Philology: A Group for Verbivores

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Philology: A Group for Verbivores

Philology is a group for people who love languages, words, and grammar.

Members: 97
Latest Activity: Jul 16

Discussion Forum

Literacy

Started by Michael. Last reply by Regular Joe Apr 22. 4 Replies

What I enjoy

Started by David Johns. Last reply by Regular Joe Apr 22. 2 Replies

Fun new words...

Started by Silas Moser. Last reply by Regular Joe Apr 22. 43 Replies

Commonly misused English words (malapropisms)

Started by David Arbogast. Last reply by Regular Joe Apr 22. 8 Replies

Create Your Own Language!

Started by Lon R.. Last reply by Michael Kure Jan 30. 7 Replies

Study buddies?

Started by Mitchell Willie. Last reply by Michael Kure Jan 29. 1 Reply

The Meaning of liff

Started by Lukas Ostgaard Mar 30, 2011. 0 Replies

Moderation. What is it for you?

Started by Tanya Apostolova. Last reply by Miles R. Dec 29, 2010. 2 Replies

Draft - Language & Writing Blog

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Comment by Lon R. on January 1, 2014 at 1:54am

This is a loooong shot, I know, but is anyone here interested in isolating/analytic languages, especially those of China and Southeast Asia? Haha.

Comment by Rabbi on April 1, 2012 at 2:11pm

B'H

I have just published a book that I think would be interesting for people who like short stories, the west, learning about other cultures, Jewish holidays and life and the way it should have been.

 

I would so love for some guys from this exclusive club to read it and share what you think with me.  It would help me a lot.

You can get it here

http://www.amazon.com/The-Light-Giver-Adventures-Hasidic/dp/0615611...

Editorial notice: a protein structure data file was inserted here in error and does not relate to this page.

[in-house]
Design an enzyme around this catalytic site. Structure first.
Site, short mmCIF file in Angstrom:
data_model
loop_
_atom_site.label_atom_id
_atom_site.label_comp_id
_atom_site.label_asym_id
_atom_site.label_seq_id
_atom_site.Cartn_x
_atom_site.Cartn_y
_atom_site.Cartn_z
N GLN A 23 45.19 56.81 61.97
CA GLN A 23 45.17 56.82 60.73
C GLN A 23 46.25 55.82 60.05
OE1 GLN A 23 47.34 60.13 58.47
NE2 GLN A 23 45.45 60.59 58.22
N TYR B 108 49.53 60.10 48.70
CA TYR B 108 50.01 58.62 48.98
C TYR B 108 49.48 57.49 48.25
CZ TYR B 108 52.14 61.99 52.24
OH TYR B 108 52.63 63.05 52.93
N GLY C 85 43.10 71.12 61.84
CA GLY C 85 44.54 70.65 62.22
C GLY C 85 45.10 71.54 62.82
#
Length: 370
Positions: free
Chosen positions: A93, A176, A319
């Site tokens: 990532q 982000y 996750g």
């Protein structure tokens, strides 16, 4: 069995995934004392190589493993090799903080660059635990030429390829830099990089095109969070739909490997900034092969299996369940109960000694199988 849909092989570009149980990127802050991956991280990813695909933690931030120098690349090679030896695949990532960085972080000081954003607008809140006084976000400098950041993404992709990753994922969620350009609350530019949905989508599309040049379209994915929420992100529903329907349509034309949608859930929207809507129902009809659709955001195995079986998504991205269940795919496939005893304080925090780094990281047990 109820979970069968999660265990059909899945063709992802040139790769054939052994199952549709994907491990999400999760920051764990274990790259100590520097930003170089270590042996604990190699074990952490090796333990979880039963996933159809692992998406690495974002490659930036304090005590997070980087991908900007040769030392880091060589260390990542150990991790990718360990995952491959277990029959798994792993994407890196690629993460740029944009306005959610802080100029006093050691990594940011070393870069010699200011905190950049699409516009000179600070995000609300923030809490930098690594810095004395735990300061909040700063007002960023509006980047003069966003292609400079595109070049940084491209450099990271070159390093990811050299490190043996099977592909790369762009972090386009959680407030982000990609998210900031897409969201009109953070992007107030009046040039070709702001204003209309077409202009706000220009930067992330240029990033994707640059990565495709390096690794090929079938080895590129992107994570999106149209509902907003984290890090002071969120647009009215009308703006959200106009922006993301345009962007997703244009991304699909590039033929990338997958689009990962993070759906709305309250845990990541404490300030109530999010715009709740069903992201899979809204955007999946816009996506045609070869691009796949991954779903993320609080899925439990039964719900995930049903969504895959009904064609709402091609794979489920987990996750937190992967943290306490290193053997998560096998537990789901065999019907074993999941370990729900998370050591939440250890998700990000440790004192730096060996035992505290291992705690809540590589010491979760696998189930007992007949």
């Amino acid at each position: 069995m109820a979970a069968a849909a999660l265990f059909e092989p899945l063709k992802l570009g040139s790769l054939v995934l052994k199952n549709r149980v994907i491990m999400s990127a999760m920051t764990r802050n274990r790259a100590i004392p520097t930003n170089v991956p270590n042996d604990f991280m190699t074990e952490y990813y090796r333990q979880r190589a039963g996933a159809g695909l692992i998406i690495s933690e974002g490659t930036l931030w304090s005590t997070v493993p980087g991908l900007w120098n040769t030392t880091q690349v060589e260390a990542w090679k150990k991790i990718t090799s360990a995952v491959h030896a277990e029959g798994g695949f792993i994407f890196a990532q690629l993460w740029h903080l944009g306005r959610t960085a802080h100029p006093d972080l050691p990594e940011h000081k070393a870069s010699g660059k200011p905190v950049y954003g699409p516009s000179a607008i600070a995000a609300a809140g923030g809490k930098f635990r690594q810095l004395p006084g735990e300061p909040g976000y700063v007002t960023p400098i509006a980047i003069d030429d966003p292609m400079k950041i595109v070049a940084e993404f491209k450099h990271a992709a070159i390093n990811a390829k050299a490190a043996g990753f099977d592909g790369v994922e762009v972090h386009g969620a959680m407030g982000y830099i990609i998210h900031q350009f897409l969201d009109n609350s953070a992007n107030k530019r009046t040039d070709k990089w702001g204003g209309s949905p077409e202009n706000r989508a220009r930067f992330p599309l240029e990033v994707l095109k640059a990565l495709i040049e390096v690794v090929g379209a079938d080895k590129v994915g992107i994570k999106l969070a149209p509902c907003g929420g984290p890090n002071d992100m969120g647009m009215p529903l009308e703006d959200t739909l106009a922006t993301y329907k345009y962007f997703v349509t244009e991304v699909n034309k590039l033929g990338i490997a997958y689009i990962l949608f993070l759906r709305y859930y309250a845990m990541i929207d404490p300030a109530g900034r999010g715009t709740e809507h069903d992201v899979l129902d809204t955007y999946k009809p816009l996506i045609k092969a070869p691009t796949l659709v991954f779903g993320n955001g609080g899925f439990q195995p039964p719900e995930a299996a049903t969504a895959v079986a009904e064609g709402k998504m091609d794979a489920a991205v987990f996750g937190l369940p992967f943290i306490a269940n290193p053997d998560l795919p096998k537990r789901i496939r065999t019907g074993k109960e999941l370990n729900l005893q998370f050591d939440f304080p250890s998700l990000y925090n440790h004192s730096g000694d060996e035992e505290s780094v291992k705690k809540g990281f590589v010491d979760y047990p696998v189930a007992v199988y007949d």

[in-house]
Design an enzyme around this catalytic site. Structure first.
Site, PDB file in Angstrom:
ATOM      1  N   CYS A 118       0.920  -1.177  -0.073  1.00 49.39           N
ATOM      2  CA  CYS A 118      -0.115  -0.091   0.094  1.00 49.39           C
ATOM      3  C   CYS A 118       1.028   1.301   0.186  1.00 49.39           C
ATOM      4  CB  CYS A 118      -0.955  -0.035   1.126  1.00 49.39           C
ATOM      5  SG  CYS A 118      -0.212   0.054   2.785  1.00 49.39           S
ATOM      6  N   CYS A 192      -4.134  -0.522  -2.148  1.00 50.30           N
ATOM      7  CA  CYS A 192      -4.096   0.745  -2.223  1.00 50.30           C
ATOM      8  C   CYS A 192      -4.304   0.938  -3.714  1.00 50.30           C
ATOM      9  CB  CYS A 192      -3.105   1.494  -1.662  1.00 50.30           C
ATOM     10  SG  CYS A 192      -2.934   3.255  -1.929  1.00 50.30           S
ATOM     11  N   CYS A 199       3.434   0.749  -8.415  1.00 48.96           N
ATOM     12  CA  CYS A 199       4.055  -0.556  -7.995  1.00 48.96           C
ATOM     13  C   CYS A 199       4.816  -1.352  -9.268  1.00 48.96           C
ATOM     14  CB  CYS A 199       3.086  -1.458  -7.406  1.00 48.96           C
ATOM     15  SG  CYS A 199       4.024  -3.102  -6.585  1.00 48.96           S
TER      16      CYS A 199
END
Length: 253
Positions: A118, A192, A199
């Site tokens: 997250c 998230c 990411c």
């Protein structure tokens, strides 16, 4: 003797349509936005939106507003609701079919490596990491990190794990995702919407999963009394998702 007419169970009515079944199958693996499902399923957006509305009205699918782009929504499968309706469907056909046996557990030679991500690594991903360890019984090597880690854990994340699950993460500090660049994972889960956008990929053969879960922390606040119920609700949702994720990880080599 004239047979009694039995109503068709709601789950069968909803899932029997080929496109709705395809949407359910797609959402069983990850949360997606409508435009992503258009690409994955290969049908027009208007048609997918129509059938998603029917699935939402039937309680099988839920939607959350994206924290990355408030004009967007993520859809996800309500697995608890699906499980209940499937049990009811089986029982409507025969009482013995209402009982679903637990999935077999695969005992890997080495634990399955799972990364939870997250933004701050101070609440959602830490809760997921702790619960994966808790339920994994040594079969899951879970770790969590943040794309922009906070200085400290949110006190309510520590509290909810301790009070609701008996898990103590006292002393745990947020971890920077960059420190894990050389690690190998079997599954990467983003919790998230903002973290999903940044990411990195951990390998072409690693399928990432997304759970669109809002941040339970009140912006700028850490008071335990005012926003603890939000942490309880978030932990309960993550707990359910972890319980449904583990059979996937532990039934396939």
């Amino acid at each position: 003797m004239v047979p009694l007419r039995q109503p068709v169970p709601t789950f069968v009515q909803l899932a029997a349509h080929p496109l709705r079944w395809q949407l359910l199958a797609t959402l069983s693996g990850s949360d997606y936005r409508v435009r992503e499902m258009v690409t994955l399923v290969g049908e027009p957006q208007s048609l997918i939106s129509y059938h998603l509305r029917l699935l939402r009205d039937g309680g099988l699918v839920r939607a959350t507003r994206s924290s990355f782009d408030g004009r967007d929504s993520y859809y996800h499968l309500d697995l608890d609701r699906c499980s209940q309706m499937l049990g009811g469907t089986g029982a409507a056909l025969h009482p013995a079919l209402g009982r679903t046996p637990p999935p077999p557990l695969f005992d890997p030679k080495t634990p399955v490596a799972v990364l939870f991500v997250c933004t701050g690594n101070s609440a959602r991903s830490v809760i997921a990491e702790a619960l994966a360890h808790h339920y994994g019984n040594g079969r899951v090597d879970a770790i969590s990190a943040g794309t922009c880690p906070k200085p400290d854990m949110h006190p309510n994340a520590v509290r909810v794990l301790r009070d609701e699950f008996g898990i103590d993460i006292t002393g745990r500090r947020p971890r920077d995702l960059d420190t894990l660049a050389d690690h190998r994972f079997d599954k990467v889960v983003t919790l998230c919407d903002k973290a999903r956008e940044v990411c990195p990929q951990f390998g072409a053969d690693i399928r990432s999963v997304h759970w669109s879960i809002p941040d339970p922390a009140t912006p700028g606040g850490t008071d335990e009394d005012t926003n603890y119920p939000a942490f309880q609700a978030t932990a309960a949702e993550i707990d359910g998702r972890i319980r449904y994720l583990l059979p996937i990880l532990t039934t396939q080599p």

Here is what others have said about it:

 

 "What fun it is to follow Reb Bahir's rabbi-hero on his journey through the Wild West and the Jewish calendar. A wonderful read, it sneaks in solid teaching wrapped in a rollicking tale." — Rabbi Zalman Schachter-Shalomi, founder of the Jewish Renewal Movement

 

"Jewish mystical stories were born at the strange, hazy crossroads between uncommon wisdom and common sense. The Light Giver hearkens back to the time when rabbis didn't lecture from podiums and write blog posts from iPads, but went on adventures into the wild, befriending runaway slaves and dodging Injun arrows, throwing themselves into the wide world because G-d created it all. Written in the fine tradition of Reb Shmuel Munkes and The Frisco Kid, the stories in this book are funny, sad, innocent and world-weary, and truly, truly wise." --- Matthue Roth, author of Yom Kippur A Go-Go: A Memoir "At once funny, touching, and profound,

 

The Light Giver takes us on a journey through the Jewish calendar, the Jewish spirit and into the Jewish soul. Rabbi Davis is by no means conventional, and this book is unlike any other. Within it there are sparks of Divinity waiting for us to unearth. This book is a delight to read and learn from." --- Mayim Bialik, actress and author of Beyond the Sling

 

Many thanks

Comment by David Arbogast on November 9, 2011 at 11:27am

A friend sent me the following link.  I thought you might enjoy it as much as I did.

http://www.slate.com/articles/life/the_good_word/2011/04/the_nonplu...

Comment by Cameron Dean on May 27, 2011 at 6:26am

Greetings Everyone, 

As a student of linguistics and foreign language, I'm happy to have found this group. It looks like there is a lot of great content in the discussion forums.  Hopefully I can contribute some stuff now and then as well.

Cheers! 

Comment by RooThawg on January 30, 2011 at 10:56am
Perhaps proper noun is the wrong term, I am not a grammarian.  It is true that 'German shepherd' is a common usage but it is still incorrect.  The AKC, GSDCA-WDA, USCA, the Verein fur Deutsche Schaferhundeand Captain Max von Stephanitz all concur.  They know more about this than Webster's or Oxfords.  Both of these publications are not with out error.  Most likely both dictionaries also list "Alsatian" as a correct name for the breed.  This is incorrect and Great Britain almost lost their her right to register their GSD's in the breed books over it.
Comment by Miles R. on January 29, 2011 at 11:23pm

Roo, you write:

The breed name should be treated as a proper name because it is although some publishers miss this point.